Mt 4:24 (AV) And his fame went throughout all Syria: and they brought unto him all sick people that were taken with divers diseases and torments, and those which were possessed with devils, and those which were lunatick, and those that had the palsy; and he healed them.
Here we have not just two but four terms: A, B, C and D (I won't spell out the correspondences, as they're obvious). But the final "them" ('autous') surely refers to all four groups of sufferers as being healed by Jesus, not just those in group D, the paralytics. It would be extraordinarily mean of Jesus to heal those only, as your rule would seem to require!
Mt 9:35 (BYZ) και περιηγεν ο ιησους τας πολεις πασας και τας κωμας διδασκων εν ταις συναγωγαις αυτων και κηρυσσων το ευαγγελιον της βασιλειας και θεραπευων πασαν νοσον και πασαν μαλακιαν εν τω λαω
Mt 9:35 ¶ (AV) And Jesus went about all the cities and villages, teaching in their synagogues, and preaching the gospel of the kingdom, and healing every sickness and every disease among the people.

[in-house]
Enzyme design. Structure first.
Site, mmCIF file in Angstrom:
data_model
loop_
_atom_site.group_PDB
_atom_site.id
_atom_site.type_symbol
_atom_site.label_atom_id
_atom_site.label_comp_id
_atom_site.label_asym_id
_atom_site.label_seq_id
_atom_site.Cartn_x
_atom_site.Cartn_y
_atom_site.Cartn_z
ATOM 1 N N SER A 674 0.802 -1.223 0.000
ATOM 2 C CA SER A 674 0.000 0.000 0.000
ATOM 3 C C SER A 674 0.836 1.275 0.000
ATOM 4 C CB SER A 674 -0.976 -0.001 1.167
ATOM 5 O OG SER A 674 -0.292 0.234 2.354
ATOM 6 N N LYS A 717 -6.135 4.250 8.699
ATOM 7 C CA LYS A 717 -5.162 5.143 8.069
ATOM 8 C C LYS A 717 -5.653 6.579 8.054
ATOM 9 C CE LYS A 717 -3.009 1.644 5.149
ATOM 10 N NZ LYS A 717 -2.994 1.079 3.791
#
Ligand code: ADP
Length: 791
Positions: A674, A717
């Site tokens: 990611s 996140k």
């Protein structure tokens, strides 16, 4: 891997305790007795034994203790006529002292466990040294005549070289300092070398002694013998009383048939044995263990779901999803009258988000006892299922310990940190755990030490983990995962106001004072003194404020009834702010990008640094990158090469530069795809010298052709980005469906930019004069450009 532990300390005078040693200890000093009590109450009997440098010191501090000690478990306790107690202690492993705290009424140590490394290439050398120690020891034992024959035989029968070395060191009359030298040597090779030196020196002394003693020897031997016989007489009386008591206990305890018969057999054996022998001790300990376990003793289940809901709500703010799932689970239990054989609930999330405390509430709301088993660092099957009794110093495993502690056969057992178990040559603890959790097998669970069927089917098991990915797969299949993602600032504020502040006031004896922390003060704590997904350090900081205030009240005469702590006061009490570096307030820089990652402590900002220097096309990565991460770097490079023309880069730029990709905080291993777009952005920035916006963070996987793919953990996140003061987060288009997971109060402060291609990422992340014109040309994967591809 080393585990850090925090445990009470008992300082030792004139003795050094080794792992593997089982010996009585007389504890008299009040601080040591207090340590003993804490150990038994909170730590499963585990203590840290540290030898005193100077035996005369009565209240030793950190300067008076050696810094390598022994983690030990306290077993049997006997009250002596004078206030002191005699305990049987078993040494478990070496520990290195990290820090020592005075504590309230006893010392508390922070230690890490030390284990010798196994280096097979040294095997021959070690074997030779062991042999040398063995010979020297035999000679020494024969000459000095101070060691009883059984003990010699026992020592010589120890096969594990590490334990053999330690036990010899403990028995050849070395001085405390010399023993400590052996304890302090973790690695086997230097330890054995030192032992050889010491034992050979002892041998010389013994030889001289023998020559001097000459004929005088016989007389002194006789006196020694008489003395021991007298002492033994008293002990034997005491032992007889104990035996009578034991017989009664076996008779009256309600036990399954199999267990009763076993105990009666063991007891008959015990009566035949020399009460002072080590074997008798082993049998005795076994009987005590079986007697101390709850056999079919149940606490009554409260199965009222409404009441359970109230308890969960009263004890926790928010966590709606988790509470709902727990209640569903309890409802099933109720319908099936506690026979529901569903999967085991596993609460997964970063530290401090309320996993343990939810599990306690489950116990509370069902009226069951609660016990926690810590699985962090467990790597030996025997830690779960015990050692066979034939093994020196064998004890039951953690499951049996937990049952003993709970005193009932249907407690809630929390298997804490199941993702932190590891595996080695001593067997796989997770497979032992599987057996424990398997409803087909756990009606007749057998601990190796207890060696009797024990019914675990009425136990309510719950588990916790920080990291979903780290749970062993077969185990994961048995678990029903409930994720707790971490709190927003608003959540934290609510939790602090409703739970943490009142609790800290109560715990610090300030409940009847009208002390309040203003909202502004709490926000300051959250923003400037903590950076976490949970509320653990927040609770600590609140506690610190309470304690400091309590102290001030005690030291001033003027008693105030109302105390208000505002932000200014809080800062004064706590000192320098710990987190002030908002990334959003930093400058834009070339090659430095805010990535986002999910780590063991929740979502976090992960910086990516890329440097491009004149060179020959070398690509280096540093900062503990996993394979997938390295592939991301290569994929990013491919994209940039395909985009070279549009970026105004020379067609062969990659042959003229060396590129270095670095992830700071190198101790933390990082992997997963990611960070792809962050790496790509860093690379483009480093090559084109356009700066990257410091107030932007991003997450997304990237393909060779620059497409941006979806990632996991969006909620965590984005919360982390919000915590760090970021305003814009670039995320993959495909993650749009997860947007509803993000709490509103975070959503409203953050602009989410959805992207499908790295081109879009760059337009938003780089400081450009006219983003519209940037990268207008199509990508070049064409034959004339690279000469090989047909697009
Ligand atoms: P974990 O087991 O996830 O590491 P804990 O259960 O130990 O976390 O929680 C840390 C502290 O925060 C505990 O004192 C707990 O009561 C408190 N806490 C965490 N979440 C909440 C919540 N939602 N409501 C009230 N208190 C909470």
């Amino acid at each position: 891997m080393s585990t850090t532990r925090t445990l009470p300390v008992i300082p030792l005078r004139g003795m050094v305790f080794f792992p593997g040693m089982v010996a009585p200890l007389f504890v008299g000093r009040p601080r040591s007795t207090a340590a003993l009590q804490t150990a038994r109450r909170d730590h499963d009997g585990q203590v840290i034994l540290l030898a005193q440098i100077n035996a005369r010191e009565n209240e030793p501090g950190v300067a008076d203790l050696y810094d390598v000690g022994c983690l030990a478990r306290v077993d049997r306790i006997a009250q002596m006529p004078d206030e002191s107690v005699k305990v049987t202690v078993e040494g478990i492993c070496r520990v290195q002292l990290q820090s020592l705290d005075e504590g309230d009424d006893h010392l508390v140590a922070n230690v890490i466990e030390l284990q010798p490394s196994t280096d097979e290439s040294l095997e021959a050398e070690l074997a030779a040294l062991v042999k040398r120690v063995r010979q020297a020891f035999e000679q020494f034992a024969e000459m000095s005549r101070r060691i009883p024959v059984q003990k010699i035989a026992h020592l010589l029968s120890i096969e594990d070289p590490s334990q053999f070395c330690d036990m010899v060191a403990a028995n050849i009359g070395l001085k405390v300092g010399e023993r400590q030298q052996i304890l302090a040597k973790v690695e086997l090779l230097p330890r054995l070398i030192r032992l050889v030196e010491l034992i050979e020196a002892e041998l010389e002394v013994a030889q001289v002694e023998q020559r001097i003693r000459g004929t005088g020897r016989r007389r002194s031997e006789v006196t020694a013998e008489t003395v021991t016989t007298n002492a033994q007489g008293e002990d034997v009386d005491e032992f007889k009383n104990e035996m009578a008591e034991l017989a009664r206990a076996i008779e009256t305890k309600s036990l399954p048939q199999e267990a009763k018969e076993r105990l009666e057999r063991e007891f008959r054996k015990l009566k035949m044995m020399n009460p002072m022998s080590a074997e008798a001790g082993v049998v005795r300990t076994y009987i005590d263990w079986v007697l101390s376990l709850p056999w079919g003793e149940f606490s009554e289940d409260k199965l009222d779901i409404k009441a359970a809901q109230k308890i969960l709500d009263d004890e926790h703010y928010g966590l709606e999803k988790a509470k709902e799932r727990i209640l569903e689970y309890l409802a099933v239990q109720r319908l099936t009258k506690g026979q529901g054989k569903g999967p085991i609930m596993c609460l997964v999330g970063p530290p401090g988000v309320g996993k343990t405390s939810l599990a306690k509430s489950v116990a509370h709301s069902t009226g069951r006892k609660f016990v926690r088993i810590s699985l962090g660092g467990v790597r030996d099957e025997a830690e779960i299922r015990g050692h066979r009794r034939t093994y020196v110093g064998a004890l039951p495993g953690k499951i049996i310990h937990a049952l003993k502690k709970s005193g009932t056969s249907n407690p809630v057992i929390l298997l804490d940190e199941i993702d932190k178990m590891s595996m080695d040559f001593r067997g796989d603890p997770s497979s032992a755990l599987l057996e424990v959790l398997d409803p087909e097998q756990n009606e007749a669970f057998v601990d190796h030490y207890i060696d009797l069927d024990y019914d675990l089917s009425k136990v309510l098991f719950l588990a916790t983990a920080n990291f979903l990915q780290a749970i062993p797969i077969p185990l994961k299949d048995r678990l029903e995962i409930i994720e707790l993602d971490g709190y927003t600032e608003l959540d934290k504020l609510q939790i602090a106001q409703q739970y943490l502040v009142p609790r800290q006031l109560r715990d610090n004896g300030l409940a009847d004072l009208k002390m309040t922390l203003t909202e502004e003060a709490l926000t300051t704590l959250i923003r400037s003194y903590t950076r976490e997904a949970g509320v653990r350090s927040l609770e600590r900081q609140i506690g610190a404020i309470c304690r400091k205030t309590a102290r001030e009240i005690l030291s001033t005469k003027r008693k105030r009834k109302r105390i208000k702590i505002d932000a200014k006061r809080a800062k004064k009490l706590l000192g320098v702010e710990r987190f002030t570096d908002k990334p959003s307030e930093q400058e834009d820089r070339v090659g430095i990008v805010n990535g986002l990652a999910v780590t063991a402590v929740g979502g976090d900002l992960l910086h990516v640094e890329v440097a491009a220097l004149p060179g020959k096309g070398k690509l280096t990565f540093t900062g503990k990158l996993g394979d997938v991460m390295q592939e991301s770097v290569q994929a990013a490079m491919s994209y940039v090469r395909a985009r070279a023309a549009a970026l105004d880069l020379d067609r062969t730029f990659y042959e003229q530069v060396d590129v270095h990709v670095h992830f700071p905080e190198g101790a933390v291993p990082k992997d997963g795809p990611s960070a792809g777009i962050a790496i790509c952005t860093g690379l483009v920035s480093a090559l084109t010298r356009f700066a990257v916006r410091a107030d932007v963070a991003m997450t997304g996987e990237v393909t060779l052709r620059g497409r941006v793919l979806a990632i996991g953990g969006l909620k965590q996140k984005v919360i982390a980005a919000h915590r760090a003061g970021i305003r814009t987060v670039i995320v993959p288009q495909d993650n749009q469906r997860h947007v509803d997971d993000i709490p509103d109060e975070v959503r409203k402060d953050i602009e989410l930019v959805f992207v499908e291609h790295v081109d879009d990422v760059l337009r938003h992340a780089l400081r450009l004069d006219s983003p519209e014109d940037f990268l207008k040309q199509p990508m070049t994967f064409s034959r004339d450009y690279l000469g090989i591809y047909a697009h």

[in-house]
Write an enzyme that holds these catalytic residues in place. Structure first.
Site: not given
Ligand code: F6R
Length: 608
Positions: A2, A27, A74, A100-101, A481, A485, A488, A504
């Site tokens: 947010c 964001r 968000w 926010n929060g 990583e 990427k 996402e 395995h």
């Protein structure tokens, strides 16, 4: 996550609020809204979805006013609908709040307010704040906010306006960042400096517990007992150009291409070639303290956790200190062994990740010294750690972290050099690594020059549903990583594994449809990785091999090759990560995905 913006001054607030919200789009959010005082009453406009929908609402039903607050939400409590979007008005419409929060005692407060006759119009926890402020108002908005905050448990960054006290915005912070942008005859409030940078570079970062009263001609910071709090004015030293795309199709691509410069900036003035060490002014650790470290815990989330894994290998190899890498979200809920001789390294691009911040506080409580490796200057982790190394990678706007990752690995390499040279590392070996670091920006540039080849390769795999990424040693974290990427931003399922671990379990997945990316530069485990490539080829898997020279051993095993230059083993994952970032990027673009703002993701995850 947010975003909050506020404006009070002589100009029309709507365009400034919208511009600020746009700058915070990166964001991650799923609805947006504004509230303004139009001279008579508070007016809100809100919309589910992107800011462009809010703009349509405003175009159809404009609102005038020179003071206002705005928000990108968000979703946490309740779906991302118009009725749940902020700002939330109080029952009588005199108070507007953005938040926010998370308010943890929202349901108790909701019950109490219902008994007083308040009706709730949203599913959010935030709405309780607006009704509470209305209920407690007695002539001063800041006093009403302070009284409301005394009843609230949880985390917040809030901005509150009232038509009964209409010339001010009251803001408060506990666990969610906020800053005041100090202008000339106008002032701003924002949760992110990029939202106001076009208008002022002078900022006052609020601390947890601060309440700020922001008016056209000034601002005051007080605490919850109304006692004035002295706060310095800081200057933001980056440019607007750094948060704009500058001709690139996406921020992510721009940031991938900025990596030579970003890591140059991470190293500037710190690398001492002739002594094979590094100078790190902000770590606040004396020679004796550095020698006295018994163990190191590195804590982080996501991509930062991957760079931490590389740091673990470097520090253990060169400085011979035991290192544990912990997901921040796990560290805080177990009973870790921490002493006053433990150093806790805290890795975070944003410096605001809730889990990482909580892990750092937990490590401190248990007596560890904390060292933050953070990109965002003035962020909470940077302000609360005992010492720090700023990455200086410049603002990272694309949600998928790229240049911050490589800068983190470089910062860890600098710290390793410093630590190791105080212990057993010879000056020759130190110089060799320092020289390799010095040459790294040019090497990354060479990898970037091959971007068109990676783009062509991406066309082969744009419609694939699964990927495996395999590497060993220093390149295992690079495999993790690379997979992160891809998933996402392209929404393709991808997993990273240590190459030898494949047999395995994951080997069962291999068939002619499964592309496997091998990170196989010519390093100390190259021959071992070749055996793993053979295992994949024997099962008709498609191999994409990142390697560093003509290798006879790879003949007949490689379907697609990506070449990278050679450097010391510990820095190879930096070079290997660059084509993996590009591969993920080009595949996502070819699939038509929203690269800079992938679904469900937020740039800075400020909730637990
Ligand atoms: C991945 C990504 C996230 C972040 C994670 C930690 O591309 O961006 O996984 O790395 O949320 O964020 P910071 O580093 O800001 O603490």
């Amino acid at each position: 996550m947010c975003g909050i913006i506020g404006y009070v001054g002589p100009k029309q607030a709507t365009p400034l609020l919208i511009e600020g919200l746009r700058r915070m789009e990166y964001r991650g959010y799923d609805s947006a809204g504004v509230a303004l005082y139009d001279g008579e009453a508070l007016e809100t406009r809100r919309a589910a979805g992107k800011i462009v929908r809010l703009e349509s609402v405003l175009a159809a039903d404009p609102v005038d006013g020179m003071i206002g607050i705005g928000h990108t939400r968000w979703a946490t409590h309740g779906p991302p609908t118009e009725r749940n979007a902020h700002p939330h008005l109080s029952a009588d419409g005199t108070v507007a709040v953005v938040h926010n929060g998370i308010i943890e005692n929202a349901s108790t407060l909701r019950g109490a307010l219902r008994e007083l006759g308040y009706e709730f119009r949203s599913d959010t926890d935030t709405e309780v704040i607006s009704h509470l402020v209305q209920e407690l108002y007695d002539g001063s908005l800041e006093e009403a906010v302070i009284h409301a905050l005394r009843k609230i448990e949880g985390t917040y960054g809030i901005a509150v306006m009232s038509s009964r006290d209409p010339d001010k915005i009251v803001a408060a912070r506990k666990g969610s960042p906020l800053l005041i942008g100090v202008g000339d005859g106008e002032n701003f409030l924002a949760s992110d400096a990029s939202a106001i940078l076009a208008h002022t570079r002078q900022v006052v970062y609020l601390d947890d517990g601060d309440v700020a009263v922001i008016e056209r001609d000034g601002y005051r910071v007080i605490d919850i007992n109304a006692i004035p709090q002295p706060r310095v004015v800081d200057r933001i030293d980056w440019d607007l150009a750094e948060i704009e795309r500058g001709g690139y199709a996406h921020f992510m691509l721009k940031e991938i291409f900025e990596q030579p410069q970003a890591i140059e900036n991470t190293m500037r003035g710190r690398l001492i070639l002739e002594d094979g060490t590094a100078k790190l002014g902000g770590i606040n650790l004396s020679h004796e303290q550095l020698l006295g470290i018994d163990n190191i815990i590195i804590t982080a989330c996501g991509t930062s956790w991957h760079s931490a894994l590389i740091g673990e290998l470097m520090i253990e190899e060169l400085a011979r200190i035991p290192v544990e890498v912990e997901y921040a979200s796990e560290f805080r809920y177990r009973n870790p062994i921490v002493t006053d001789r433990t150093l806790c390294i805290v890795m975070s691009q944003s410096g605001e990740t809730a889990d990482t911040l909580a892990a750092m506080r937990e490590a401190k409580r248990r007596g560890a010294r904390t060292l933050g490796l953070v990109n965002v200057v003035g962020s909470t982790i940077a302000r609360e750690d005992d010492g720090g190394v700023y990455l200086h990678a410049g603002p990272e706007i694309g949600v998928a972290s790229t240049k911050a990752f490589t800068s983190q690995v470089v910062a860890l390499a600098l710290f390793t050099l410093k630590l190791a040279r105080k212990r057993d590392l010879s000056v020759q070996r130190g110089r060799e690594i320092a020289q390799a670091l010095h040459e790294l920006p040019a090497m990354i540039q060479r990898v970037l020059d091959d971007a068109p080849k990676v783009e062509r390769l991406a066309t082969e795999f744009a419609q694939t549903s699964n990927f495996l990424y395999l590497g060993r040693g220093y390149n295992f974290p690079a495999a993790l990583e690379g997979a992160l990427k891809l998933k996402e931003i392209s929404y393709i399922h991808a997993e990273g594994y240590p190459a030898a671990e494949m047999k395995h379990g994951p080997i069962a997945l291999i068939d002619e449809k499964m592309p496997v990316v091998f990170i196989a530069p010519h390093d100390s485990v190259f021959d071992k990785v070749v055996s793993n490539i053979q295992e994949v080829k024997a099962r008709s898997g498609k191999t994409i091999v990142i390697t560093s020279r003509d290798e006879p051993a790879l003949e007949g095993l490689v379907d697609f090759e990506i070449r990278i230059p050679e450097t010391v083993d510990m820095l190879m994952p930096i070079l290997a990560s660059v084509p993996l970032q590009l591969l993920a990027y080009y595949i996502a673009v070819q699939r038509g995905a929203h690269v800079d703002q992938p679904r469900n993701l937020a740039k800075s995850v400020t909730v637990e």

A = "cities" and B = "villages". Did Jesus teach only in the synagogues of the villages, and not in those of the cities also? I very much doubt we are intended to understand this passage that way!
1 ¶ (AV) And when he had called unto [him] his twelve disciples, he gave them power [against] unclean spirits, to cast them out, and to heal all manner of sickness and all manner of disease.
2 (AV) Now the names of the twelve apostles are these; The first, Simon, who is called Peter, and Andrew his brother; James [the son] of Zebedee, and John his brother;
3 (AV) Philip, and Bartholomew; Thomas, and Matthew the publican; James [the son] of Alphaeus, and Lebbaeus, whose surname was Thaddaeus;
4 (BYZ) σιμων ο κανανιτης και ιουδας ισκαριωτης ο και παραδους αυτον
4 (AV) Simon the Canaanite, and Judas Iscariot, who also betrayed him.
5 ¶ (AV) These twelve Jesus sent forth, and commanded them, saying, Go not into the way of the Gentiles, and into [any] city of the Samaritans enter ye not:
(Note: I give the Greek only for verse 4 in particular as matching the grammatical construct of interest, but the wider context is relevant for understanding.)